When I went to see this movie, the only expectation I brought into the theater with me was “It can’t possibly be worse than Mission: Impossible II”. And not only was it better then M:I2, it was A LOT better than M:I2!
This third installment in the franchise carries on the story of Ethan Hunt, member of the Impossible Mission Force. Ethan comes out of retirement to rescue a friend from enemy hands, and again to get revenge on international super villain, Davien. However, once Davien escapes the clutches of the I.M.F., he wreaks a terrible vengeance on Ethan’s newly-acquired family. Ethan has to obtain a nuclear device called “the Rabbit’s Foot” for Davien if he wants his wife back with all her pieces. But the mission might prove impossible (tee hee) once Ethan is branded a traitor by the I.M.F. and has to steal the Rabbit’s Foot while avoiding capture by his former teammates.
M:I3 is honestly everything the hackneyed, clichéd, derivative John Woo garbage of M:I2 wasn’t. This movie not only has action, but has an engaging story, numerous twists and turns, a collection of impressive actors (Laurence Fishburne and Simon Pegg in a movie together!?) and some of the most clever infiltration sequences that only a Mission: Impossible title can give you.
This installment throws a few curveballs at you, as well. After a few of the precisely-planned, immaculate plots Ethan and the I.M.F. pull-off, things go a little different. Once the clock starts counting down on the life of Ethan’s wife you see exactly what the I.M.F. can be like when they have to do a job quick and dirty. It’s impressively resourceful, as one would expect from Mission: Impossible, but not the typical perfectly-calibrated caper we’re used to.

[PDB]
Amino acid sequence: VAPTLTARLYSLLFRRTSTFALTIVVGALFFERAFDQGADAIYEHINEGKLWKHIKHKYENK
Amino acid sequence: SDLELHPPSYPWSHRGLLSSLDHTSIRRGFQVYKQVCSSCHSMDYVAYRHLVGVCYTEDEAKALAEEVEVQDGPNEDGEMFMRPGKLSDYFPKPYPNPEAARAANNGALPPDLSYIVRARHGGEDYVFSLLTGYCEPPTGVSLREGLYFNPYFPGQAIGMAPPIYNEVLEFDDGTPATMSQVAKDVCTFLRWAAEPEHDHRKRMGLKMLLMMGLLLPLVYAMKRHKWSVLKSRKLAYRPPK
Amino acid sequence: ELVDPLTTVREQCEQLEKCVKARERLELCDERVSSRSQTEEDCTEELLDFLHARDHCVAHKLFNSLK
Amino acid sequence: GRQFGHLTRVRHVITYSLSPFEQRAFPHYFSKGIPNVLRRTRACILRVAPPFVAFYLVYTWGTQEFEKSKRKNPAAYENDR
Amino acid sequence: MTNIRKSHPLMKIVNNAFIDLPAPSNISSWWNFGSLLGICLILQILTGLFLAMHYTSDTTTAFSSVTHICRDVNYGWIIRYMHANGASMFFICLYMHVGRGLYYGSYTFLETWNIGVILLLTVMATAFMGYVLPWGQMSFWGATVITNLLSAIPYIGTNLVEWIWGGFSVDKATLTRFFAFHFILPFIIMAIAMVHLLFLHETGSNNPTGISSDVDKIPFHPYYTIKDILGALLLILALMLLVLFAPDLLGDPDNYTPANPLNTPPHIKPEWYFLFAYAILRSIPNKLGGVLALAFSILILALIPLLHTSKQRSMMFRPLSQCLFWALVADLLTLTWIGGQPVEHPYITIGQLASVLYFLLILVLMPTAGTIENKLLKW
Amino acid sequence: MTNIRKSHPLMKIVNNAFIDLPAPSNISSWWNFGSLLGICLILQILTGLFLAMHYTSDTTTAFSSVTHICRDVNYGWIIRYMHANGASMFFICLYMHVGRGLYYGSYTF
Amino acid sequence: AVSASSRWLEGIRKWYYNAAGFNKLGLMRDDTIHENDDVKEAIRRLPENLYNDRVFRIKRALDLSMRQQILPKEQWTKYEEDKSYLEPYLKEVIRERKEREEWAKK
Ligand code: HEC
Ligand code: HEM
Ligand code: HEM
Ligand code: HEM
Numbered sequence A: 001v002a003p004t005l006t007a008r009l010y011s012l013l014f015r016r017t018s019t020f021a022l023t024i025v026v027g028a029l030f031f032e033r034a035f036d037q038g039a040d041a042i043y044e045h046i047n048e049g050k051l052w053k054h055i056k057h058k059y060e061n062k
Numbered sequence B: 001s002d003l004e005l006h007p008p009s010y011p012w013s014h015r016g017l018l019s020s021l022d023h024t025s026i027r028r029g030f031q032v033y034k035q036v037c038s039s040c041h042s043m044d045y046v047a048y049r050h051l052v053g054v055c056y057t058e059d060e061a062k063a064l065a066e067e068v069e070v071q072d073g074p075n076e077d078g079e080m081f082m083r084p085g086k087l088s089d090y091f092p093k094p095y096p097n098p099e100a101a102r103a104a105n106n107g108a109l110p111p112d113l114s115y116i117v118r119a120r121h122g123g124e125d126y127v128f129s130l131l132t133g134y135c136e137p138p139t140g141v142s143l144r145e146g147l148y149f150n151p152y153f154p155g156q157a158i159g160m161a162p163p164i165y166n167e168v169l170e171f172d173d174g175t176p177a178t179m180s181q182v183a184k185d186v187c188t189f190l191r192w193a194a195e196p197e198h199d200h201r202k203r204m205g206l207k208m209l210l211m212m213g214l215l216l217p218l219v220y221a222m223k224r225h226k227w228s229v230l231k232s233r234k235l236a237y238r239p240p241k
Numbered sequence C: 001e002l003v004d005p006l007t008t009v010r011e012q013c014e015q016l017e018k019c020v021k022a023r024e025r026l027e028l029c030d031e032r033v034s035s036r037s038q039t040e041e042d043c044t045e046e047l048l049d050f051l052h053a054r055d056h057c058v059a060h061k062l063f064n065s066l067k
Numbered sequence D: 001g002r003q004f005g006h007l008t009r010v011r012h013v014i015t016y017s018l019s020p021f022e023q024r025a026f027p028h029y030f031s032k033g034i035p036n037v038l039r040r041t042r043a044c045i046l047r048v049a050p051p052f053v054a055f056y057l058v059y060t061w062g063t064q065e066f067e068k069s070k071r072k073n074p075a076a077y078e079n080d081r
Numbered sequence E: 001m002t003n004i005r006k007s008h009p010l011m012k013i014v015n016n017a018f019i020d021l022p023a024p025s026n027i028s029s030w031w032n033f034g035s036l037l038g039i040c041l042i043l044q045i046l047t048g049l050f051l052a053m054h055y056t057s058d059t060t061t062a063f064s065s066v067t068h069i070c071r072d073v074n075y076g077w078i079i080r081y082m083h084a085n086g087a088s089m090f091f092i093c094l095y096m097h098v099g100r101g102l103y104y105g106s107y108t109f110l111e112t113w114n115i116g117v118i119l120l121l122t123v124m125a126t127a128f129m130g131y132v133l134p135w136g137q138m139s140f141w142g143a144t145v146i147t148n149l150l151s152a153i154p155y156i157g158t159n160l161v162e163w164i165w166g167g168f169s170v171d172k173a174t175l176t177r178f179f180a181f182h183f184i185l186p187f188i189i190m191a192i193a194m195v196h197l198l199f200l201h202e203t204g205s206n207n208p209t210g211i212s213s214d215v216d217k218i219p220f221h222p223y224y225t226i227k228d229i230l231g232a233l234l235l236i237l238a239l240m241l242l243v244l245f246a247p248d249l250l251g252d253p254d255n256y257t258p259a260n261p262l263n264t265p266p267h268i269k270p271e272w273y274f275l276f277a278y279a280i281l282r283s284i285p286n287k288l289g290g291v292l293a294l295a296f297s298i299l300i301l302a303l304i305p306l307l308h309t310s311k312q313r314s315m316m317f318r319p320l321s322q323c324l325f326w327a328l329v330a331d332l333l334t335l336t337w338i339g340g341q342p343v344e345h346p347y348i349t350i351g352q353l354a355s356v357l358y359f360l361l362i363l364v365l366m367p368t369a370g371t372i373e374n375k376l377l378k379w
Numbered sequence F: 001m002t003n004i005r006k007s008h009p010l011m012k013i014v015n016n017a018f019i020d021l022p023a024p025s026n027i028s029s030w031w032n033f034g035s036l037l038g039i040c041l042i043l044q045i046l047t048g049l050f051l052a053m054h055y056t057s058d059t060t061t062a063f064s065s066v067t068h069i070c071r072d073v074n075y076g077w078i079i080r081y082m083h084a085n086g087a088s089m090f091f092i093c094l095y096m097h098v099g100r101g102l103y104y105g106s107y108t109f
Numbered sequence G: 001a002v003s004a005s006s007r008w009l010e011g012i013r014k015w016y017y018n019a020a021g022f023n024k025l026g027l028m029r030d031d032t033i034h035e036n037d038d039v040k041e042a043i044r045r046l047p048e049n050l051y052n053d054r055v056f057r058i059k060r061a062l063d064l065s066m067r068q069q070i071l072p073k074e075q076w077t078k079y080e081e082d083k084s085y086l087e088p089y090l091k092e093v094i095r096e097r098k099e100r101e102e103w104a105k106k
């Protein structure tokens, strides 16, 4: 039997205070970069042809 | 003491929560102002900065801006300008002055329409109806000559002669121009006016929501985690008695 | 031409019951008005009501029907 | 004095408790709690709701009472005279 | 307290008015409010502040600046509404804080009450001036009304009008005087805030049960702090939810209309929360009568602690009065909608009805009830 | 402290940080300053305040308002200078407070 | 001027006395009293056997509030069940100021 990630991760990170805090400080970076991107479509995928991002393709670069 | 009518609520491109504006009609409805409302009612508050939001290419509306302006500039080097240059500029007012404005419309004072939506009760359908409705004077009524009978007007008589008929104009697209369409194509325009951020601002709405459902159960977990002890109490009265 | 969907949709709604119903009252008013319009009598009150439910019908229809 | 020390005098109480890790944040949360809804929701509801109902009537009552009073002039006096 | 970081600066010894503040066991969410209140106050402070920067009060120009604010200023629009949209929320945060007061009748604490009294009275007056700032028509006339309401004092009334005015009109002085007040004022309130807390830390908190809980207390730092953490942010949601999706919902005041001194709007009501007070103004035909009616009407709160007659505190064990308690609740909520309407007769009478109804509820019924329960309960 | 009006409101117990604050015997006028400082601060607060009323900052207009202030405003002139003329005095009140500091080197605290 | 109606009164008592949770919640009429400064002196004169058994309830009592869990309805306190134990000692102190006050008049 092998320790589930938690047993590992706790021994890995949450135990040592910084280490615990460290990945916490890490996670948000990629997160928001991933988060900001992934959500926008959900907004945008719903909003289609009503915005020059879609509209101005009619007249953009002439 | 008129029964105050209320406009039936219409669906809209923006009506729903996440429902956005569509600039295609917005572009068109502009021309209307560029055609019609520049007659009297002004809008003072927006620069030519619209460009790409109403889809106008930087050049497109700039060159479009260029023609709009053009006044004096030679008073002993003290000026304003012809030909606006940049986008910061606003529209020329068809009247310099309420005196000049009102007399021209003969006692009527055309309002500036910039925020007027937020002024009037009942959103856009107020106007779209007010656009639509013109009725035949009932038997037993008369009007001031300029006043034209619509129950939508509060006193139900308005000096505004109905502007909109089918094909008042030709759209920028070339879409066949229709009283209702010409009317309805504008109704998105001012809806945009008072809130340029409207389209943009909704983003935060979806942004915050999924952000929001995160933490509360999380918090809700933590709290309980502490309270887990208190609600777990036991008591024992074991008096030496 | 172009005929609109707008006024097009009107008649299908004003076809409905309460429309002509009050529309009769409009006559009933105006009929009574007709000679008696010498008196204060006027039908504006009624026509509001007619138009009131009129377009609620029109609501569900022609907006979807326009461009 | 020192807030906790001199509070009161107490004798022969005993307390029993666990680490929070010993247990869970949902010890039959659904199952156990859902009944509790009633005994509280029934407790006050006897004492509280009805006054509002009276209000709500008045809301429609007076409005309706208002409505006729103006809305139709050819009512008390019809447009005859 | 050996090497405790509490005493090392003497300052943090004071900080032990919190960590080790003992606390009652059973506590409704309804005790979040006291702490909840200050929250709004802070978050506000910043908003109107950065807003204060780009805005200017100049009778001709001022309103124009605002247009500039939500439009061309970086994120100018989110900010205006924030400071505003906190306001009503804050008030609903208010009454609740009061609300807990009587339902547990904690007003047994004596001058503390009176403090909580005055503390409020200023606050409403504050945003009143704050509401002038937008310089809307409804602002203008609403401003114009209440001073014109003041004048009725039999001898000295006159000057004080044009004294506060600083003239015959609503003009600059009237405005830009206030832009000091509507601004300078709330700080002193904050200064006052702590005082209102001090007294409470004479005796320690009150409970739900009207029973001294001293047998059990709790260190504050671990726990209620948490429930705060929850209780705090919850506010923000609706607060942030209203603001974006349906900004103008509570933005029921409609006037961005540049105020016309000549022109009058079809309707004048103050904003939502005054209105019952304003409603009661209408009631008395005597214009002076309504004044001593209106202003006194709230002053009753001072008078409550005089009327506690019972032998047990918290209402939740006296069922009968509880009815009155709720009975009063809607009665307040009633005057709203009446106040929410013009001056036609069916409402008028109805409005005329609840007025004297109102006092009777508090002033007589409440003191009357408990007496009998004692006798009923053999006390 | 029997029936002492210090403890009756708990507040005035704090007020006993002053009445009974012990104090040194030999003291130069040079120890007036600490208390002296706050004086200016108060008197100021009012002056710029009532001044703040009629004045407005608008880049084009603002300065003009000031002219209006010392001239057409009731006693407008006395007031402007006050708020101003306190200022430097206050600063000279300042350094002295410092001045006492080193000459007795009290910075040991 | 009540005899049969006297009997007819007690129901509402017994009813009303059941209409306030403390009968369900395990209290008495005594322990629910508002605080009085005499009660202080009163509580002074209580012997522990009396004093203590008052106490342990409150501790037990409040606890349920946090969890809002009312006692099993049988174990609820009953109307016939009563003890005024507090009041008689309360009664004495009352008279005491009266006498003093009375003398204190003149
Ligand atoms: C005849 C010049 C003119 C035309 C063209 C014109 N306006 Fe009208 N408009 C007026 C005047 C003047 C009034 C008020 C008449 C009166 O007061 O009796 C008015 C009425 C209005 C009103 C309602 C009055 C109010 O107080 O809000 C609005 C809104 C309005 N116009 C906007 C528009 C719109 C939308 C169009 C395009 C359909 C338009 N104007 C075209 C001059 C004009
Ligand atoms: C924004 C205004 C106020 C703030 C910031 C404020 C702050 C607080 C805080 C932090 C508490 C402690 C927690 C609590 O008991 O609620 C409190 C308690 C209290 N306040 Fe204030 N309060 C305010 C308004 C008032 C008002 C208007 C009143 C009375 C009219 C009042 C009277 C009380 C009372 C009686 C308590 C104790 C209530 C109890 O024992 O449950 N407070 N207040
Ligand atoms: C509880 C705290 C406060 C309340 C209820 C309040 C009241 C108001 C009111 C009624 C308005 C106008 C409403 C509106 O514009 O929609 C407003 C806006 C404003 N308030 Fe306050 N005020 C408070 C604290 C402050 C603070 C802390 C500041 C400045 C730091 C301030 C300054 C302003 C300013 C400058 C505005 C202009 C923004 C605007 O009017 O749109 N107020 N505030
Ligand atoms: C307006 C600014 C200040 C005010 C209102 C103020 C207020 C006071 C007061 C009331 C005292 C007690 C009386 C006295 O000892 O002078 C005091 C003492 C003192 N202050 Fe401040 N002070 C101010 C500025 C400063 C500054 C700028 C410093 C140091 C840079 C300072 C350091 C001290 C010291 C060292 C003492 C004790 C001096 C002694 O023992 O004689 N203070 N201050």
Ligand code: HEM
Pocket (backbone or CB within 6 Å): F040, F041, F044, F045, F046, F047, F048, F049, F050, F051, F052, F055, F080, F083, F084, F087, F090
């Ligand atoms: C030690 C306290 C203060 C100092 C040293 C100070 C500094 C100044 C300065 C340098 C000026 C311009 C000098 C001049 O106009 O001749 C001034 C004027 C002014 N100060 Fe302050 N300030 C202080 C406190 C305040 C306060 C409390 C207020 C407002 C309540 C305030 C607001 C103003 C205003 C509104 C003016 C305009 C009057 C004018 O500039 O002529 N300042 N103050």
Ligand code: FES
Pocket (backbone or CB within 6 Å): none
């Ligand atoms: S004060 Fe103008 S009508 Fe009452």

This movie does have its faults, to be fair. While an extremely fun action movie, M:I3 is still…just another action movie. Not a bad one, not a completely forgettable one, but still nothing particularly special that will be talked about for years. In a couple months, I’m sure most audience members will forget they ever saw it.
And while the movie is action-packed, don’t expect anything too original from the script. Now, this is no “Ripped directly from a Saturday morning cartoon because I have zero brain cells” kind of predictable trash, like in John Woo’s installment, but you’re more-than-likely going to be able to guess most of the plot twists if you pay even a little attention.
Also, although I was arguing with myself over mentioning this or not, a lot of people are going to be turned-off of this movie due mostly to Tom Cruise’s less-than-respectable actions here in the real world.
If Tom Cruise’s character as a human being is enough to keep you from seeing this movie, then I suppose there isn’t much I can say to convince you to see it. However, if you’re capable of separating Tom Cruise the Person from Tom Cruise as Ethan Hunt, then I recommend this movie for a good, fun, possibly forgettable but completely entertaining evening.
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